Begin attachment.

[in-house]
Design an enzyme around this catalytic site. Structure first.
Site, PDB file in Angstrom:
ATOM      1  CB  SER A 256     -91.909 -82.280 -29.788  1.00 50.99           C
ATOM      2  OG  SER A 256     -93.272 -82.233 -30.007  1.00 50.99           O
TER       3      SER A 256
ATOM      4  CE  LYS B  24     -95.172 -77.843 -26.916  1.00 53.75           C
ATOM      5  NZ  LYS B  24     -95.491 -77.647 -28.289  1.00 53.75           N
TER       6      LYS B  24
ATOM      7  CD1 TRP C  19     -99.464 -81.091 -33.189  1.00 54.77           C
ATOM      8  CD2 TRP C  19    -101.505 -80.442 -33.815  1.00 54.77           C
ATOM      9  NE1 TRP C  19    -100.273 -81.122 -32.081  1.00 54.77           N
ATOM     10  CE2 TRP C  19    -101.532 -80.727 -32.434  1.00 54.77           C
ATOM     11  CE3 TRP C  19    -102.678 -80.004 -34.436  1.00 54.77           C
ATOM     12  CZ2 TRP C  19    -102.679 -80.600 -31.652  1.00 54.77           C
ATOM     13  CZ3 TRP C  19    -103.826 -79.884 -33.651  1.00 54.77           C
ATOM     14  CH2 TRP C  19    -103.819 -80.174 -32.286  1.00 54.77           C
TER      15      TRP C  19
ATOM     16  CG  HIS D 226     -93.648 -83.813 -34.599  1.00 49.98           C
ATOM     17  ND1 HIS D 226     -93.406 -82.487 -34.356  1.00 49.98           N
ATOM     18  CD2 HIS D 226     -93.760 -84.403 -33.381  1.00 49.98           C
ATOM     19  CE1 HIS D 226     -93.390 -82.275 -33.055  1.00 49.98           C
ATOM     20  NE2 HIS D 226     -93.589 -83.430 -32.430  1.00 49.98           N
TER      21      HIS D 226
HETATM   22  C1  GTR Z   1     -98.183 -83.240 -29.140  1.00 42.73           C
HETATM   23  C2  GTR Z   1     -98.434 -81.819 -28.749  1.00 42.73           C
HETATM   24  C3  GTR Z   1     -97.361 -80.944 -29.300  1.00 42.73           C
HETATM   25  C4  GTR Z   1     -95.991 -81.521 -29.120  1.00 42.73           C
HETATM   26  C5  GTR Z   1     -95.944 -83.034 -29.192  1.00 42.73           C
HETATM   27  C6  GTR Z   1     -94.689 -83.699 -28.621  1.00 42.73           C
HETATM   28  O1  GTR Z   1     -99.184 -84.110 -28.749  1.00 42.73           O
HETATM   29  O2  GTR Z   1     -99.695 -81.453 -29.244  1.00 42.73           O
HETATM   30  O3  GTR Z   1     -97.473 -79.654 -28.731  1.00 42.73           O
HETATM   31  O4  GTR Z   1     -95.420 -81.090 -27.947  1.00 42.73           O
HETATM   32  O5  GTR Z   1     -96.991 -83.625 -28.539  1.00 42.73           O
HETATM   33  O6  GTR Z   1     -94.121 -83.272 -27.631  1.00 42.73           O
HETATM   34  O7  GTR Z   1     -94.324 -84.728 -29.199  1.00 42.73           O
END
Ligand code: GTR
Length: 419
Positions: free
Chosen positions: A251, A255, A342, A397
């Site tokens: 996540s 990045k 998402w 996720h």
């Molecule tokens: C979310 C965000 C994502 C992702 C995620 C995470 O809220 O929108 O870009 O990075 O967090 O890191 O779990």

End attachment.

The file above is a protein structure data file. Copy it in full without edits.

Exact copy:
[in-house]
Design an enzyme around this catalytic site. Structure first.
Site, PDB file in Angstrom:
ATOM      1  CB  SER A 256     -91.909 -82.280 -29.788  1.00 50.99           C
ATOM      2  OG  SER A 256     -93.272 -82.233 -30.007  1.00 50.99           O
TER       3      SER A 256
ATOM      4  CE  LYS B  24     -95.172 -77.843 -26.916  1.00 53.75           C
ATOM      5  NZ  LYS B  24     -95.491 -77.647 -28.289  1.00 53.75           N
TER       6      LYS B  24
ATOM      7  CD1 TRP C  19     -99.464 -81.091 -33.189  1.00 54.77           C
ATOM      8  CD2 TRP C  19    -101.505 -80.442 -33.815  1.00 54.77           C
ATOM      9  NE1 TRP C  19    -100.273 -81.122 -32.081  1.00 54.77           N
ATOM     10  CE2 TRP C  19    -101.532 -80.727 -32.434  1.00 54.77           C
ATOM     11  CE3 TRP C  19    -102.678 -80.004 -34.436  1.00 54.77           C
ATOM     12  CZ2 TRP C  19    -102.679 -80.600 -31.652  1.00 54.77           C
ATOM     13  CZ3 TRP C  19    -103.826 -79.884 -33.651  1.00 54.77           C
ATOM     14  CH2 TRP C  19    -103.819 -80.174 -32.286  1.00 54.77           C
TER      15      TRP C  19
ATOM     16  CG  HIS D 226     -93.648 -83.813 -34.599  1.00 49.98           C
ATOM     17  ND1 HIS D 226     -93.406 -82.487 -34.356  1.00 49.98           N
ATOM     18  CD2 HIS D 226     -93.760 -84.403 -33.381  1.00 49.98           C
ATOM     19  CE1 HIS D 226     -93.390 -82.275 -33.055  1.00 49.98           C
ATOM     20  NE2 HIS D 226     -93.589 -83.430 -32.430  1.00 49.98           N
TER      21      HIS D 226
HETATM   22  C1  GTR Z   1     -98.183 -83.240 -29.140  1.00 42.73           C
HETATM   23  C2  GTR Z   1     -98.434 -81.819 -28.749  1.00 42.73           C
HETATM   24  C3  GTR Z   1     -97.361 -80.944 -29.300  1.00 42.73           C
HETATM   25  C4  GTR Z   1     -95.991 -81.521 -29.120  1.00 42.73           C
HETATM   26  C5  GTR Z   1     -95.944 -83.034 -29.192  1.00 42.73           C
HETATM   27  C6  GTR Z   1     -94.689 -83.699 -28.621  1.00 42.73           C
HETATM   28  O1  GTR Z   1     -99.184 -84.110 -28.749  1.00 42.73           O
HETATM   29  O2  GTR Z   1     -99.695 -81.453 -29.244  1.00 42.73           O
HETATM   30  O3  GTR Z   1     -97.473 -79.654 -28.731  1.00 42.73           O
HETATM   31  O4  GTR Z   1     -95.420 -81.090 -27.947  1.00 42.73           O
HETATM   32  O5  GTR Z   1     -96.991 -83.625 -28.539  1.00 42.73           O
HETATM   33  O6  GTR Z   1     -94.121 -83.272 -27.631  1.00 42.73           O
HETATM   34  O7  GTR Z   1     -94.324 -84.728 -29.199  1.00 42.73           O
END
Ligand code: GTR
Length: 419
Positions: free
Chosen positions: A251, A255, A342, A397
């Site tokens: 996540s 990045k 998402w 996720h």
């Molecule tokens: C979310 C965000 C994502 C992702 C995620 C995470 O809220 O929108 O870009 O990075 O967090 O890191 O779990």